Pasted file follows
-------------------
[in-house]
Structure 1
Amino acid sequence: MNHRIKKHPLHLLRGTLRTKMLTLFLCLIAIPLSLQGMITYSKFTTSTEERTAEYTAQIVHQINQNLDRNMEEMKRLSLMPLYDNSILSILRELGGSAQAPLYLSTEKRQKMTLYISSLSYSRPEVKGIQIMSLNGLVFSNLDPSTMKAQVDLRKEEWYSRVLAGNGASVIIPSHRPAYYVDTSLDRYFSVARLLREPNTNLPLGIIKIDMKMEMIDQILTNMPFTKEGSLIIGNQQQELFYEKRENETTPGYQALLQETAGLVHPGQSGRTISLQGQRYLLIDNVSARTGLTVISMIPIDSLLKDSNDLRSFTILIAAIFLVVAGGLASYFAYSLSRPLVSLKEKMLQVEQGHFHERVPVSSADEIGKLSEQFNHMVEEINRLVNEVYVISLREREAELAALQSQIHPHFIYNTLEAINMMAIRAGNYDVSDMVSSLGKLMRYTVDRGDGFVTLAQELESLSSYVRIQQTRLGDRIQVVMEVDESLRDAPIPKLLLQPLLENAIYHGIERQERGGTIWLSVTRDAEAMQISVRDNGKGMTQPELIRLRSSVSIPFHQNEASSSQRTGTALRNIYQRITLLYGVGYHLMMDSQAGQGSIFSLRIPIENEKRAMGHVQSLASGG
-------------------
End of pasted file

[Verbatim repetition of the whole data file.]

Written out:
[in-house]
Structure 1
Amino acid sequence: MNHRIKKHPLHLLRGTLRTKMLTLFLCLIAIPLSLQGMITYSKFTTSTEERTAEYTAQIVHQINQNLDRNMEEMKRLSLMPLYDNSILSILRELGGSAQAPLYLSTEKRQKMTLYISSLSYSRPEVKGIQIMSLNGLVFSNLDPSTMKAQVDLRKEEWYSRVLAGNGASVIIPSHRPAYYVDTSLDRYFSVARLLREPNTNLPLGIIKIDMKMEMIDQILTNMPFTKEGSLIIGNQQQELFYEKRENETTPGYQALLQETAGLVHPGQSGRTISLQGQRYLLIDNVSARTGLTVISMIPIDSLLKDSNDLRSFTILIAAIFLVVAGGLASYFAYSLSRPLVSLKEKMLQVEQGHFHERVPVSSADEIGKLSEQFNHMVEEINRLVNEVYVISLREREAELAALQSQIHPHFIYNTLEAINMMAIRAGNYDVSDMVSSLGKLMRYTVDRGDGFVTLAQELESLSSYVRIQQTRLGDRIQVVMEVDESLRDAPIPKLLLQPLLENAIYHGIERQERGGTIWLSVTRDAEAMQISVRDNGKGMTQPELIRLRSSVSIPFHQNEASSSQRTGTALRNIYQRITLLYGVGYHLMMDSQAGQGSIFSLRIPIENEKRAMGHVQSLASGG